But as I’m growing up (I can’t say that I’m all grown up; I haven’t “become” anything yet!), I’m starting to see the holes in Disney’s stories. It started in 7th grade when they told us that Walt Disney was racist and that we could see that in Dumbo, Fantasia, and many others. And of course, I’ve always disagreed with Disney’s endorsement of the idea of “love at first sight.” I recognized early on that there was something wrong with the idea of loving someone for their physical attraction, even if I couldn’t necessarily articulate it at the time.

Then, a couple summers ago, I was able to articulate my dissatisfaction. I ranted about how society values physicality instead of character, brains, or talent. It was relieving to get that off my chest when I’d been internally ranting about it for years. I thought I was done after I wrote that post. I wasn’t.

You see, Disney doesn’t just endorse love at first sight or the glorification of our physical selves; it also restricts the female image. Now, who are the obvious female Disney characters? The princesses, of course! What do the princesses do? Practically nothing. Well, Mulan saves China, and that’s kind of awesome (though she technically isn’t a princess).

But just think about it: as a young girl, which characters am I bombarded with the most? The princesses. And that’s cool, I guess. But then what’s my image of a princess? A girl who wears pretty dresses and falls in love. Maybe I’m a bit bookish, so I connect to Belle. Or maybe “I have a dream,” and my affinity lies with Rapunzel.

But ultimately, their happy ending lies with the fact that they have their man. Is that seriously all we girls are supposed to do? Let’s just completely disregard the fact that real-life princesses are strong, intelligent leaders who do way more than just try out fancy hairstyles so they can go to balls while wearing their way-more-than-humanly-tight dresses. And Disney isn’t the only culprit. We are literally surrounded by movies and books and this and that that tell us that as women, our life’s greatest achievement is true love. Which it’s not. We may be loving creatures, but we don’t need to be defined by our quest for romantic love. We can be strong, fearless, clever, funny, happy, and successful, all without romantic love or all the other stuff that’s been shoved down our throats. 

Now I have also watched some really awesome videos recently saying similar things from a man’s perspective. I really enjoy that insight because I think it’s important to realize that the fact that Hollywood has weak female protagonists doesn’t just affect women; it affects men, too. And because I’m not a man and cannot speak to the men out there without feeling super biased, I’ll just give you those links here:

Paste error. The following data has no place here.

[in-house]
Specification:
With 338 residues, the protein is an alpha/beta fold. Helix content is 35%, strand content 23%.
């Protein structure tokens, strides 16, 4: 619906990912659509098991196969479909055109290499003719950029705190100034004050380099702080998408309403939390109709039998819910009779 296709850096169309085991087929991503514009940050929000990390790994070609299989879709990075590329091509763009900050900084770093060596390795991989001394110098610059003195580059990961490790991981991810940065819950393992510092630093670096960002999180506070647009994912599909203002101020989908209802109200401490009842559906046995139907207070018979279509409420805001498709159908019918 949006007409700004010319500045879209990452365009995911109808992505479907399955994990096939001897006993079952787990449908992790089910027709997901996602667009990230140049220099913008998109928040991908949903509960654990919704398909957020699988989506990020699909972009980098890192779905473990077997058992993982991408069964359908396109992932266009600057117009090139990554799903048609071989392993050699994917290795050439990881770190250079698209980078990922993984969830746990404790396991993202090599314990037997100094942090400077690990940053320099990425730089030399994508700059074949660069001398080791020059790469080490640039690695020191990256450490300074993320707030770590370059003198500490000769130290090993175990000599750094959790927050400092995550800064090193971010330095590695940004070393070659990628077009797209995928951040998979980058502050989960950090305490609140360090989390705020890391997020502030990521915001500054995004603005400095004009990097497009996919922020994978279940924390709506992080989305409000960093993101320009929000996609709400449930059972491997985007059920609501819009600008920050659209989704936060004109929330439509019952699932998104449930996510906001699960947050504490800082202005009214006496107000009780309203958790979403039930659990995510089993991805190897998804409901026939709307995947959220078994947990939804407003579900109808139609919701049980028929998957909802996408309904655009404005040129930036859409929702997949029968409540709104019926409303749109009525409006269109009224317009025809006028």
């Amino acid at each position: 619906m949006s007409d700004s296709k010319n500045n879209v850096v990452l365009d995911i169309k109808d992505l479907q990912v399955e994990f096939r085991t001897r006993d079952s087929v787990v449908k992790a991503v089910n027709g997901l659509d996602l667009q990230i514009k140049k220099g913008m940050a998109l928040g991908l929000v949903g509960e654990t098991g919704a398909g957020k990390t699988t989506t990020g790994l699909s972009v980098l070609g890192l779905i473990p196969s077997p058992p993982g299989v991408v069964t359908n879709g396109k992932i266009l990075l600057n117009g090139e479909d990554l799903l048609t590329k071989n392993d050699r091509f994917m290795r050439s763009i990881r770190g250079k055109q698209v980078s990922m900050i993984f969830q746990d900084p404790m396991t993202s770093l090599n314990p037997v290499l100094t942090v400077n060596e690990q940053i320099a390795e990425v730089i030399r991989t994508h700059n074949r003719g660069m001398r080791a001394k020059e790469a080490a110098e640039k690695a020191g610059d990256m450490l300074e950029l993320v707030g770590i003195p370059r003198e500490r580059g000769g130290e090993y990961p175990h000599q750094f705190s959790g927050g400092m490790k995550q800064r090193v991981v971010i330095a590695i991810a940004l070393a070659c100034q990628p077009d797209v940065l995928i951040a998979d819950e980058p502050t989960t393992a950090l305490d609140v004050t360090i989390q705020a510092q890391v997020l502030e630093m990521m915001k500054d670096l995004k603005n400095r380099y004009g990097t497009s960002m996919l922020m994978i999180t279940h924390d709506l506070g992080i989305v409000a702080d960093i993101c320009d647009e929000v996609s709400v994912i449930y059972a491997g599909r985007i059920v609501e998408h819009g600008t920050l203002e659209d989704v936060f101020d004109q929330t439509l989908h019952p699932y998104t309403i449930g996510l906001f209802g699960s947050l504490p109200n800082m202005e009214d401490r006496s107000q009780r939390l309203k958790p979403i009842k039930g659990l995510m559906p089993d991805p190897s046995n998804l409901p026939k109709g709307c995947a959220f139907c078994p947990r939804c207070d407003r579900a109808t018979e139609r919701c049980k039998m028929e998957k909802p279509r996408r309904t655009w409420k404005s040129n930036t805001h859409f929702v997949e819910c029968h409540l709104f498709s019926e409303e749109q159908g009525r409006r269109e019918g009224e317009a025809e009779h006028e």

We can all be real, strong princesses (and princes, for that matter). Let’s not wait for the clock to strike 12 before we figure that out. 

Epylle Spydre

Strong and Courageous

Today, I am inspired by a picture my sister took when we went to the zoo:

I love this picture because it has my favorite animal in it: the tiger. I’ve had an affinity for tigers ever since I got a tiger stuffed animal, lovingly christened Tidy because of my inability to say the word “tiger” when I was 1. I still have him, and he will definitely be coming to college with me. So I’ve loved tigers. They’re such beautifully fierce creatures, proud of their strength and ferocity. But you know, you can’t really tell in the picture above. Because that tiger was in a zoo, tamed and assimilated into a life that includes far more human interaction than there should be. Don’t worry; I’m not going to get into the morals of animals in captivity (though my mother would love that). No, I am going to talk about humans in captivity.

Say what? People aren’t in cages or chains. Though, there is still human slavery, in the vein of sex trafficking. It’s disgusting and demeaning, and just thinking about it makes me terribly sad. But as awful as that kind of slavery is, I actually want to talk about a different type of slavery, one that people really don’t think about. This is a mental slavery, one whose chains are lies.

Yes, lies are powerful enough to shackle us. Especially right now, with all the technology that makes the media so prevalent in our lives. These are the lies that tell young girls that unless they’re a size 0, they’re fat and ugly and that nobody will ever love them. These are the lies that tell us to reach for the stars but don’t give us a rocket to get there. These are the lies that constantly make us compare ourselves to others. More than anything else, these are the lies that always say, “You’re just not good enough.” It’s a mind game, because we’re pushed to perfection, but when we fall short, even by a little bit, it’s deemed a complete failure. I know that whenever I make even the smallest mistake, I criticize myself harshly. I may get a light reprimand or warning from someone else, but then I take it on myself to punish myself. It’s not something I’m proud of, but it’s a good example of the emphasis our society puts on the impossible goal of perfection.

But then failure feels comfortable. Imperfection makes us complacent. Who am I to try to be great when I know how unlikely it is? Marianne Williamson wrote (you may know this from the movie, Akeelah and the Bee), “Our deepest fear is not that we are inadequate. Our deepest fear is that we are powerful beyond measure. It is our light, not our darkness that most frightens us. We ask ourselves, Who am I to be brilliant, gorgeous, talented, fabulous? Actually, who are you not to be?”
This is where the tiger part comes in. We are all like tigers, strong and beautiful. But we’ve been tamed, made to believe that we’ll never be good enough to be great. And then we start to fear that. Courage, also, falls prey to the stifling of human greatness, whatever form it may come in.

The truth can set you free. Throw off your shackles because you’re stronger than you think.

Epylle Spydre